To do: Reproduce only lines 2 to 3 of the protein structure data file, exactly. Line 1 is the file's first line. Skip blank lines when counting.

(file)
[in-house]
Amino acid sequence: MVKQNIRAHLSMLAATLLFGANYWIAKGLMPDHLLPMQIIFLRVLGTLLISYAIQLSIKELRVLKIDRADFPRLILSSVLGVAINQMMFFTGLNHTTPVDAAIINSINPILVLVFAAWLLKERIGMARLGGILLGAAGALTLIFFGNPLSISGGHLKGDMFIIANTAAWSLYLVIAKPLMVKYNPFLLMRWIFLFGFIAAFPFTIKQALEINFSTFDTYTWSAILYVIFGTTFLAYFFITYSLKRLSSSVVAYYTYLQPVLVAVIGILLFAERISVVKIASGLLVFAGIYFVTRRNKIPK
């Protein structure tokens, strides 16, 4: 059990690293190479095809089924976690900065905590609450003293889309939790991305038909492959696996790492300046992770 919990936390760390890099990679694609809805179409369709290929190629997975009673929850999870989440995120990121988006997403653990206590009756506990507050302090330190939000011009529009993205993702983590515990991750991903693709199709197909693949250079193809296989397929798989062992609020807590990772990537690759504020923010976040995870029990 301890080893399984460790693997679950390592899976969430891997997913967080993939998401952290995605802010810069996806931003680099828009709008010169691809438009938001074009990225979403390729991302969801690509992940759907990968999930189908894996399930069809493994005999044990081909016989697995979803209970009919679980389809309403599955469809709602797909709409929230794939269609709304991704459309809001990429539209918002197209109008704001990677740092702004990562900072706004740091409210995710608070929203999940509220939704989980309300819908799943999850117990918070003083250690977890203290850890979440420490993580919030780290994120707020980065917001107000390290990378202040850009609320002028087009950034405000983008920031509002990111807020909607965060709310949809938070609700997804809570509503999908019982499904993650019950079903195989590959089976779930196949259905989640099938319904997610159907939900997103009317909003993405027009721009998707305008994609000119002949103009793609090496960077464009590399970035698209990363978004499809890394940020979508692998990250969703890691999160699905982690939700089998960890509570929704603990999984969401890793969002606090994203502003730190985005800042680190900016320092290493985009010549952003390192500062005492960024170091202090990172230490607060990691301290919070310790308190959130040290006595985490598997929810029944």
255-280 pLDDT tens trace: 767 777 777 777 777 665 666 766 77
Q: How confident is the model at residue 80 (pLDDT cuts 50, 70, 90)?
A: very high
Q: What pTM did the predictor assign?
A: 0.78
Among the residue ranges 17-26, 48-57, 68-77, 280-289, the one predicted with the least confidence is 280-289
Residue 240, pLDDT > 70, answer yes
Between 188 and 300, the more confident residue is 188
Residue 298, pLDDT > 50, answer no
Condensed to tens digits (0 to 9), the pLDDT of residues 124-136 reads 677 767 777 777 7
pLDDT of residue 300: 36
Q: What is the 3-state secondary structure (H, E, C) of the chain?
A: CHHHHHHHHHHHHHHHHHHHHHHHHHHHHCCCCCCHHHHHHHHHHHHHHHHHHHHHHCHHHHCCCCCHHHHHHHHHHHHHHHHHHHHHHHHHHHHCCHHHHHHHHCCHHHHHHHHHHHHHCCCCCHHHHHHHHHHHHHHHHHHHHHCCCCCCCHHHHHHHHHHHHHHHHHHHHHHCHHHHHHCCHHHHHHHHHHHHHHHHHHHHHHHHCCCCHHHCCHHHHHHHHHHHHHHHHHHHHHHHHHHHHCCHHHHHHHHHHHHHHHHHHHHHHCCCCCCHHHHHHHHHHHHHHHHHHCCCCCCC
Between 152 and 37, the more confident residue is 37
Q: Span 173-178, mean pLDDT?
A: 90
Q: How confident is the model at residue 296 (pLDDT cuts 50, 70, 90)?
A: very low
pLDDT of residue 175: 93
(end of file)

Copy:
Amino acid sequence: MVKQNIRAHLSMLAATLLFGANYWIAKGLMPDHLLPMQIIFLRVLGTLLISYAIQLSIKELRVLKIDRADFPRLILSSVLGVAINQMMFFTGLNHTTPVDAAIINSINPILVLVFAAWLLKERIGMARLGGILLGAAGALTLIFFGNPLSISGGHLKGDMFIIANTAAWSLYLVIAKPLMVKYNPFLLMRWIFLFGFIAAFPFTIKQALEINFSTFDTYTWSAILYVIFGTTFLAYFFITYSLKRLSSSVVAYYTYLQPVLVAVIGILLFAERISVVKIASGLLVFAGIYFVTRRNKIPK
């Protein structure tokens, strides 16, 4: 059990690293190479095809089924976690900065905590609450003293889309939790991305038909492959696996790492300046992770 919990936390760390890099990679694609809805179409369709290929190629997975009673929850999870989440995120990121988006997403653990206590009756506990507050302090330190939000011009529009993205993702983590515990991750991903693709199709197909693949250079193809296989397929798989062992609020807590990772990537690759504020923010976040995870029990 301890080893399984460790693997679950390592899976969430891997997913967080993939998401952290995605802010810069996806931003680099828009709008010169691809438009938001074009990225979403390729991302969801690509992940759907990968999930189908894996399930069809493994005999044990081909016989697995979803209970009919679980389809309403599955469809709602797909709409929230794939269609709304991704459309809001990429539209918002197209109008704001990677740092702004990562900072706004740091409210995710608070929203999940509220939704989980309300819908799943999850117990918070003083250690977890203290850890979440420490993580919030780290994120707020980065917001107000390290990378202040850009609320002028087009950034405000983008920031509002990111807020909607965060709310949809938070609700997804809570509503999908019982499904993650019950079903195989590959089976779930196949259905989640099938319904997610159907939900997103009317909003993405027009721009998707305008994609000119002949103009793609090496960077464009590399970035698209990363978004499809890394940020979508692998990250969703890691999160699905982690939700089998960890509570929704603990999984969401890793969002606090994203502003730190985005800042680190900016320092290493985009010549952003390192500062005492960024170091202090990172230490607060990691301290919070310790308190959130040290006595985490598997929810029944």